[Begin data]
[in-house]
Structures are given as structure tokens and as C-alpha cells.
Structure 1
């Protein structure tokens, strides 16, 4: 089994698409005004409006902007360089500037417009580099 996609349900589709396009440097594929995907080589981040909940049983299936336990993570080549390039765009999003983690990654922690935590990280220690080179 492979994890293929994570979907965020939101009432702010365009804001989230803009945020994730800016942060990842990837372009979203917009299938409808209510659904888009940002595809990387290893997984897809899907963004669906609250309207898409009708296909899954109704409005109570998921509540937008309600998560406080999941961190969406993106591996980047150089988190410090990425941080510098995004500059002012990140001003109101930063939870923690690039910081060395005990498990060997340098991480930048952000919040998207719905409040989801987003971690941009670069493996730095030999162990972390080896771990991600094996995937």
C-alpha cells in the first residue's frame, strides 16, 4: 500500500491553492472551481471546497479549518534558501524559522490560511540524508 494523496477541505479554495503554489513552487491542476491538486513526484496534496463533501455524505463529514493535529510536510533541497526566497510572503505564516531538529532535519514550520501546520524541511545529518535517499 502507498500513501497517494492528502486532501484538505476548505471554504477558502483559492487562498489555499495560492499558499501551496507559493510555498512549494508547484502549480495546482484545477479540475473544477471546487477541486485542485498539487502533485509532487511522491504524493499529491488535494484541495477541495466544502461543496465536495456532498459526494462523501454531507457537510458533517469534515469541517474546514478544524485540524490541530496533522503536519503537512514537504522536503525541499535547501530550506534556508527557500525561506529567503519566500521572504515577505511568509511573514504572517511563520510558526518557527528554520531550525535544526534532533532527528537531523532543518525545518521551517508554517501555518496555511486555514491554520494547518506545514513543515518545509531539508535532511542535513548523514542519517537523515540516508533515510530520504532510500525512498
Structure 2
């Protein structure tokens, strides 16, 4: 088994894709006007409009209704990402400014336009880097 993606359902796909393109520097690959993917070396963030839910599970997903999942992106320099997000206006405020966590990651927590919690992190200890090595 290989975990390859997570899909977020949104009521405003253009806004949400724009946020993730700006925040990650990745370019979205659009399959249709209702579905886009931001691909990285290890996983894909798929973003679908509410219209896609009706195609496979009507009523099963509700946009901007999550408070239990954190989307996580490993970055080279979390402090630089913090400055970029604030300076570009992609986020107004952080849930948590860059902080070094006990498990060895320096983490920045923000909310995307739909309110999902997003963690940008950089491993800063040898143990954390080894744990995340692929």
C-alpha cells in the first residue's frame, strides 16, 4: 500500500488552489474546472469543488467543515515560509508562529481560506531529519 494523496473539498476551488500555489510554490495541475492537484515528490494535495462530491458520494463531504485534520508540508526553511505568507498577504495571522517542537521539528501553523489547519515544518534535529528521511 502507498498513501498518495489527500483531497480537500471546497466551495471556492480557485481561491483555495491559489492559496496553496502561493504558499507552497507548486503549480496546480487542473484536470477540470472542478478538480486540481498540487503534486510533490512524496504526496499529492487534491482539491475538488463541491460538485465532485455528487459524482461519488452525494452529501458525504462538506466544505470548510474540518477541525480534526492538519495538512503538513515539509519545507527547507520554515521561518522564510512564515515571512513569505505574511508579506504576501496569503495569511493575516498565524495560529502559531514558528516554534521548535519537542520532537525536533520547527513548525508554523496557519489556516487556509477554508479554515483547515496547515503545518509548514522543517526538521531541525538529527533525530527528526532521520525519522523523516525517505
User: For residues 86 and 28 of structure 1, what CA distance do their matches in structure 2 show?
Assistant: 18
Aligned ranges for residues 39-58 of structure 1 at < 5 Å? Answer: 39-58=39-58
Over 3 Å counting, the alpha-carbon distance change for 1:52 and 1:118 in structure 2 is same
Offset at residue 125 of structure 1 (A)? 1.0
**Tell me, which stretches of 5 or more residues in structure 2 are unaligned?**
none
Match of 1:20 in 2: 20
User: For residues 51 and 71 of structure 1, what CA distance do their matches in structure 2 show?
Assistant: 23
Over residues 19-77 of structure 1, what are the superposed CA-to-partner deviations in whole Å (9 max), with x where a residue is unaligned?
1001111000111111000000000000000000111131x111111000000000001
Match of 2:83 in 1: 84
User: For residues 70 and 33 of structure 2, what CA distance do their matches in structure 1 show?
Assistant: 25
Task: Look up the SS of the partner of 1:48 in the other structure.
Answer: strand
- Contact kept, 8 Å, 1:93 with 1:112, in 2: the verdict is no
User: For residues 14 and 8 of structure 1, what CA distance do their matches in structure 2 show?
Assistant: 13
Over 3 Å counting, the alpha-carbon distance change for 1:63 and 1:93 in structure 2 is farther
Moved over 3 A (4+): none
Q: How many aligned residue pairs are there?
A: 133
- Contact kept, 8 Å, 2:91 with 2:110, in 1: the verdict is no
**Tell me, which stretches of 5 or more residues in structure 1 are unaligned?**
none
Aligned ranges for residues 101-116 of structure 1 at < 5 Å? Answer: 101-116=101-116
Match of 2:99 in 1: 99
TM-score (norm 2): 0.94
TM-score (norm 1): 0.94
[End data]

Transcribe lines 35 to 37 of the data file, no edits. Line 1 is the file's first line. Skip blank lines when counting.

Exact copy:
none
Aligned ranges for residues 101-116 of structure 1 at < 5 Å? Answer: 101-116=101-116
Match of 2:99 in 1: 99